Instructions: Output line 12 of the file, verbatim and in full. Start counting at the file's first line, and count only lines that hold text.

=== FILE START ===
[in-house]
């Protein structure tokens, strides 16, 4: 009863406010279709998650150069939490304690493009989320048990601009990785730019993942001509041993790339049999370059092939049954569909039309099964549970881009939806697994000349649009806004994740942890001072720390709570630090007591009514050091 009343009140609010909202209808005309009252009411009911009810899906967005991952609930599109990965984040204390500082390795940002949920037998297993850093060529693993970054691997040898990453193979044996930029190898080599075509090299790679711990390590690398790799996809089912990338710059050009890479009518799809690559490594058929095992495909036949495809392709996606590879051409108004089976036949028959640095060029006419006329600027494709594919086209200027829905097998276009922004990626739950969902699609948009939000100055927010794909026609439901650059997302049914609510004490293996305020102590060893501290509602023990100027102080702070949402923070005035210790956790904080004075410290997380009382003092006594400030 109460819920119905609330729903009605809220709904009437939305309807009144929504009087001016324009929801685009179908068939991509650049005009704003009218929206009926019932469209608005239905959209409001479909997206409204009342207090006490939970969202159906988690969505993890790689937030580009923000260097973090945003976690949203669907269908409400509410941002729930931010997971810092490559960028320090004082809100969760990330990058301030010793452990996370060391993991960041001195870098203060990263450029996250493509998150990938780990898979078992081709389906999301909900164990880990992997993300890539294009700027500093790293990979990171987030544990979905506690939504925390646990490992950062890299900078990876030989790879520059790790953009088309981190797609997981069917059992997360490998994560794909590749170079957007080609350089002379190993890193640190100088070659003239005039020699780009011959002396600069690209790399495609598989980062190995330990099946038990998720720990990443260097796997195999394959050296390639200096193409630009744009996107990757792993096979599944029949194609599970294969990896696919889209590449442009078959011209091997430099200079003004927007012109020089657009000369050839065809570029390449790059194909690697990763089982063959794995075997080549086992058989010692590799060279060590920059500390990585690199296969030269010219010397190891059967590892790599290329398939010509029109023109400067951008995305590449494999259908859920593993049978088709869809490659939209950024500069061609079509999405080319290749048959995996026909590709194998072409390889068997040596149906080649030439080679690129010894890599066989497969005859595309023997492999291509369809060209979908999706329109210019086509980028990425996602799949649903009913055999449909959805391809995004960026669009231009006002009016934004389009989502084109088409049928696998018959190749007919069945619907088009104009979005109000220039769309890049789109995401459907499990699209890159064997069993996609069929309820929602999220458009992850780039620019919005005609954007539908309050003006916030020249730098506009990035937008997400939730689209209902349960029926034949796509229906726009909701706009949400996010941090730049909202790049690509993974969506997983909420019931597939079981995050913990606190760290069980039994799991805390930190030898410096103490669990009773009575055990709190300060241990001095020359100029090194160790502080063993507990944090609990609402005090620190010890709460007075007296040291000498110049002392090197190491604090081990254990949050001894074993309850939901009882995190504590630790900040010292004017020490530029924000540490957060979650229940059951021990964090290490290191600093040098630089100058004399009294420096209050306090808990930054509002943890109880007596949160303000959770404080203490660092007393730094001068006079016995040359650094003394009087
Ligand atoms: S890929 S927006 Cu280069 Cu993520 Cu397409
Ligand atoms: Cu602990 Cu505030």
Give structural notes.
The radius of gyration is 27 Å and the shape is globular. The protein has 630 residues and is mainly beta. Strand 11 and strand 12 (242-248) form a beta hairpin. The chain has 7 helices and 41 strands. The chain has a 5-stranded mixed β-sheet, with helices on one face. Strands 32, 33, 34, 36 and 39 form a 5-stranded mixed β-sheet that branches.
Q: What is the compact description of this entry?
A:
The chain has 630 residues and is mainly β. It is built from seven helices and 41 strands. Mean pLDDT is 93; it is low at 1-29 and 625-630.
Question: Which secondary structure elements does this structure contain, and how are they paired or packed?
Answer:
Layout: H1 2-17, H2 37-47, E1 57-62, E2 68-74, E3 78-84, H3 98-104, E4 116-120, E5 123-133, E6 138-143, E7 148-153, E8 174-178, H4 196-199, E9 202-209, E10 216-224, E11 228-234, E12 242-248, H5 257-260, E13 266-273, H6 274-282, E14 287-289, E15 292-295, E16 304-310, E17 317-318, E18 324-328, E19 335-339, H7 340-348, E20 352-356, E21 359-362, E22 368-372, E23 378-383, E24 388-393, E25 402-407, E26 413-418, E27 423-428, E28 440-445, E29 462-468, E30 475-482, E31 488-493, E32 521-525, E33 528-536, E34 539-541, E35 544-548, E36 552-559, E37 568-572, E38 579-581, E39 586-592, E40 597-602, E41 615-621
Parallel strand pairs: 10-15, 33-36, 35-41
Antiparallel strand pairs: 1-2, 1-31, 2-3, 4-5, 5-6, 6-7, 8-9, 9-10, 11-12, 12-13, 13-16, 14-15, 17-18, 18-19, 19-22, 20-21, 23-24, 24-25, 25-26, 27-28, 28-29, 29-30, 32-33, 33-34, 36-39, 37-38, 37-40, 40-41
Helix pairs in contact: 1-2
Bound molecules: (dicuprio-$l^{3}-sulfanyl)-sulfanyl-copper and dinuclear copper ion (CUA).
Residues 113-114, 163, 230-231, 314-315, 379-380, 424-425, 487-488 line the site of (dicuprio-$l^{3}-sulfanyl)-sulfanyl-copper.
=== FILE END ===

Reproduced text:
Layout: H1 2-17, H2 37-47, E1 57-62, E2 68-74, E3 78-84, H3 98-104, E4 116-120, E5 123-133, E6 138-143, E7 148-153, E8 174-178, H4 196-199, E9 202-209, E10 216-224, E11 228-234, E12 242-248, H5 257-260, E13 266-273, H6 274-282, E14 287-289, E15 292-295, E16 304-310, E17 317-318, E18 324-328, E19 335-339, H7 340-348, E20 352-356, E21 359-362, E22 368-372, E23 378-383, E24 388-393, E25 402-407, E26 413-418, E27 423-428, E28 440-445, E29 462-468, E30 475-482, E31 488-493, E32 521-525, E33 528-536, E34 539-541, E35 544-548, E36 552-559, E37 568-572, E38 579-581, E39 586-592, E40 597-602, E41 615-621